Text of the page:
Brawl Stars: The complete guide to understanding the maps

Brawl Stars, the extraordinarily popular game released by Supercell, is a mobile Multiplayer Online Battle Arena (known as MOBA to those familiar to it) that possesses a rather colorful cast of characters. In most of the modes, player compete with others in teams of 3 with various objectives. The game mode shown in the maps below is ‘Gem Grab’, a mode where teams try to collect, keep and/or steal more gems than the other team. In this article, we will delve deep into the analysis of Brawl Stars maps to help the players to get the most out of the matches.

brawl stars maps
Three different maps, 9 different brawlers for the ‘best team’ in each map.

Why understanding the maps in Brawl Stars is important?

To the experienced player, it may seem odd to outright ‘study’ a map. The layout of a map is fairly important, as most would know, the extent of that importance has become far less relevant as time goes by. This is not because Brawl Stars players are losing brain cells by the hour (or from suffering intense PTSD via flashbacks of Leon’s initial release). No, this is because as far as Brawl Stars tier lists go, they focus dominantly on an entire game mode, as opposed to how it’s maps are setup.

Popular YouTubers such as KairosTime, Orange Juice Gaming and Lex (Brawl Stars) all make several tier lists of their own, but these generally tend to operate solely on an entire game mode as opposed to its individual maps. This isn’t done out of laziness or incompetence, per se; making 20-minute videos covering dozens of maps would result in their tier lists lacking any explanations. The alternative would be for them to make multiple-hour long videos, which is an unreasonable effort. However, because they don’t cover maps, doesn’t mean that they shouldn’t.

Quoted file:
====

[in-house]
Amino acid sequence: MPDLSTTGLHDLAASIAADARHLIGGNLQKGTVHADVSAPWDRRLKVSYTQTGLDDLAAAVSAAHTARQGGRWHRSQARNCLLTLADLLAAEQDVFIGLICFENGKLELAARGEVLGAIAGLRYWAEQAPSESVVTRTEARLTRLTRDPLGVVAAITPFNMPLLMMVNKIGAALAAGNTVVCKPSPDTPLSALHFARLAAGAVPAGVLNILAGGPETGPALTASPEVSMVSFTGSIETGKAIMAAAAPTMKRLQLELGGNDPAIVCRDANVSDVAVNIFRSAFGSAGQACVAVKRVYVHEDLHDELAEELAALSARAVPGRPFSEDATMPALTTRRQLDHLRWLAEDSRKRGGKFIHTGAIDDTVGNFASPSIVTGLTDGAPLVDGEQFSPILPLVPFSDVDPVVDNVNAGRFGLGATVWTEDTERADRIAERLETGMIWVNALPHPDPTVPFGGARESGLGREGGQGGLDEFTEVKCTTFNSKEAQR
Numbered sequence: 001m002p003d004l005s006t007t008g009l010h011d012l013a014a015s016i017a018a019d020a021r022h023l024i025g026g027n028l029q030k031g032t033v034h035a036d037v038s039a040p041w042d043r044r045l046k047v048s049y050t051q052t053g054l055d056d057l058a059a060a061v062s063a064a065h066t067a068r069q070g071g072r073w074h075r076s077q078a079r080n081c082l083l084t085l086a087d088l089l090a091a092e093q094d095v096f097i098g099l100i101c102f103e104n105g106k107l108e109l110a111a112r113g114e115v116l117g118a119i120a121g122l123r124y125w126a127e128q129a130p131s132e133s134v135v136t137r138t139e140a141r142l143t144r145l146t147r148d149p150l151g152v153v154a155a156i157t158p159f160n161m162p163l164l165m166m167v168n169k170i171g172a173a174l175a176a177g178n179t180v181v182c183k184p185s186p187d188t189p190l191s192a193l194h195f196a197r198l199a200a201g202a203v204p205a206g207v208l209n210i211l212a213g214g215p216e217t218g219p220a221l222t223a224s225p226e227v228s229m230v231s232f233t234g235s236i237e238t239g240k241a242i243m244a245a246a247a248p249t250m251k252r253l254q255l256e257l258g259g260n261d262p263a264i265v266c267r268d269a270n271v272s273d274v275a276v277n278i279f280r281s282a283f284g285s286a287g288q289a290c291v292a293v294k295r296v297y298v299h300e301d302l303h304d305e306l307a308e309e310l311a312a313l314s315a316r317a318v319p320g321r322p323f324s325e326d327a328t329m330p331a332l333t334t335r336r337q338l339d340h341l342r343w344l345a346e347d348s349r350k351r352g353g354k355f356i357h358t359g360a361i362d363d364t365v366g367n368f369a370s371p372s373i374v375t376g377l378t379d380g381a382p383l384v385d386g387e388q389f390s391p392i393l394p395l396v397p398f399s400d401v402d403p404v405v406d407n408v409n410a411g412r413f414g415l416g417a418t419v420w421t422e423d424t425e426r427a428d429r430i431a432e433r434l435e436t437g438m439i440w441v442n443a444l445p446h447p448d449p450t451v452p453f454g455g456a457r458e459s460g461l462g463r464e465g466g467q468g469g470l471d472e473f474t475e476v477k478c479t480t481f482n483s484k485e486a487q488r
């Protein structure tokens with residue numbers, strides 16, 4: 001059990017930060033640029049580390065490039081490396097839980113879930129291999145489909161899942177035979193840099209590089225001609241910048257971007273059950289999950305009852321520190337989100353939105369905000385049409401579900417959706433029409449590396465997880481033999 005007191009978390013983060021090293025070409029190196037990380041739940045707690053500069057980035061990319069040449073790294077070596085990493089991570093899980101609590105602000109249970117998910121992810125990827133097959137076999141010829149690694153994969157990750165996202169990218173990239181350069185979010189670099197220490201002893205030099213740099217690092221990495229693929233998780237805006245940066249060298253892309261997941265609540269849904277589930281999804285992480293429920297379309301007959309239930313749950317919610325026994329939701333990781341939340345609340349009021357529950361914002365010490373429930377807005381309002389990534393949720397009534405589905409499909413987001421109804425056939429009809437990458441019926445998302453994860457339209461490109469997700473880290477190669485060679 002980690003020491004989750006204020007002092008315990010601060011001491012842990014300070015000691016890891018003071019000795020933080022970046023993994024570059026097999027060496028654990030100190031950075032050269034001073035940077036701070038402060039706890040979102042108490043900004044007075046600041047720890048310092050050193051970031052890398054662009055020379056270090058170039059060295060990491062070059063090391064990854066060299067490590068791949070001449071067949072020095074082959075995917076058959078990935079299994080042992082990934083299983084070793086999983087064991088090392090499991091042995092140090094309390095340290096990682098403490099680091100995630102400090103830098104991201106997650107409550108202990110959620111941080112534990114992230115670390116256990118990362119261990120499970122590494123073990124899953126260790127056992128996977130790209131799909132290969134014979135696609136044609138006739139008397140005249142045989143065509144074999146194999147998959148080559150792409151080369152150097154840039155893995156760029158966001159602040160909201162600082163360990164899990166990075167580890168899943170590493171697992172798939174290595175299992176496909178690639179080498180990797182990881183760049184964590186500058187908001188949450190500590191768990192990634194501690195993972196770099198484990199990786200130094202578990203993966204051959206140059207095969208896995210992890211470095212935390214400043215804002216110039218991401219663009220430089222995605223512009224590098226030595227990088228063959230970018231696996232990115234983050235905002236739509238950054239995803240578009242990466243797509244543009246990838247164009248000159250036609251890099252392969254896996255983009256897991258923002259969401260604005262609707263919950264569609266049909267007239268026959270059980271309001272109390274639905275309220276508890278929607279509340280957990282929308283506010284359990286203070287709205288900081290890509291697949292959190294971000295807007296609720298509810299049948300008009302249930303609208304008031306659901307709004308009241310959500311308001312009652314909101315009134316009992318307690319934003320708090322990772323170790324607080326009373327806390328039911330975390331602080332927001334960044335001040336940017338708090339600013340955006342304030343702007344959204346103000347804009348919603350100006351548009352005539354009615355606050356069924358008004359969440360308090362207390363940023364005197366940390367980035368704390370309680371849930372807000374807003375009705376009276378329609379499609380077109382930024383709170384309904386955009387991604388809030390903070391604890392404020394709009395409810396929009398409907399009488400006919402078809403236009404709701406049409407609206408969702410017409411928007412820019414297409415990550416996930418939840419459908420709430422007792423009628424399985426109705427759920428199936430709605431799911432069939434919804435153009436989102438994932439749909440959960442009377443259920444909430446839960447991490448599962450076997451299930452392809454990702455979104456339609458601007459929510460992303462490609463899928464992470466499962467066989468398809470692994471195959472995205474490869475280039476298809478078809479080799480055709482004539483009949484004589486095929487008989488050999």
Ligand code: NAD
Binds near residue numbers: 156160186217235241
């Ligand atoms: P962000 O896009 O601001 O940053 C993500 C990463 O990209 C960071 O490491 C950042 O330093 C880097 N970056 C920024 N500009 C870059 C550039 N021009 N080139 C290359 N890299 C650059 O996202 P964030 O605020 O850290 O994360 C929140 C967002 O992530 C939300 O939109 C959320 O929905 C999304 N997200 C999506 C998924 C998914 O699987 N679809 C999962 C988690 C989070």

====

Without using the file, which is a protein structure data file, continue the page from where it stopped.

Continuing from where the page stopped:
Decoding the Showdown maps

As a 10-player-FFA that takes place over huge maps, the specific composition of maps changes the viability of a brawler massively at times. The most common differences are in the number of ‘Power Boxes’ or ‘Power Cubes’,  how open the map is, and how many bushes are within it. An example would be the infamous Eye of the Storm.

Now compare it to another Showdown Map, Rocky Blocks.

These two maps, while they both have lots of bushes, are extremely different once they are actually played. The main difference is how interlinked the bushes are. Eye of the Storm is the only current Showdown map where you can travel through massive parts of the map and remain completely unseen. In Rocky Blocks, the bushes are mostly sparse and separate. So travelling like this is impossible.

Another key difference is their wideness as well. Rocky Blocks has a generous amount of wide space, giving long-range brawlers more opportunities to actually work. Eye of the Storm is, by technicality, open, but the huge amount of bushes means long-range brawlers wouldn’t do well. They aren’t the type to camp out stealthily and snipe people from afar.

To give more idea on how drastic the differences can be, here are the rankings for some Brawlers in the two different maps.

  • 8-Bit is 17th in Rocky Blocks and 1st in Eye of the Storm.
  • Bea is 26th in Rocky Blocks and 19th in Eye of The Storm.
  • Bo is 20th in Rocky Blocks and 13th in Eye of the Storm.
  • Spike is 30th in Eye of the Storm and 21st in Rocky Blocks.

This is a spectacular showcase of what I am talking about; 8-Bit is nearly exactly in the middle for Rocky Blocks, and yet is the absolute best brawler in Eye of the Storm. When discrepancies like this exist, studying only general tierlists is quite arguably not a very good decision.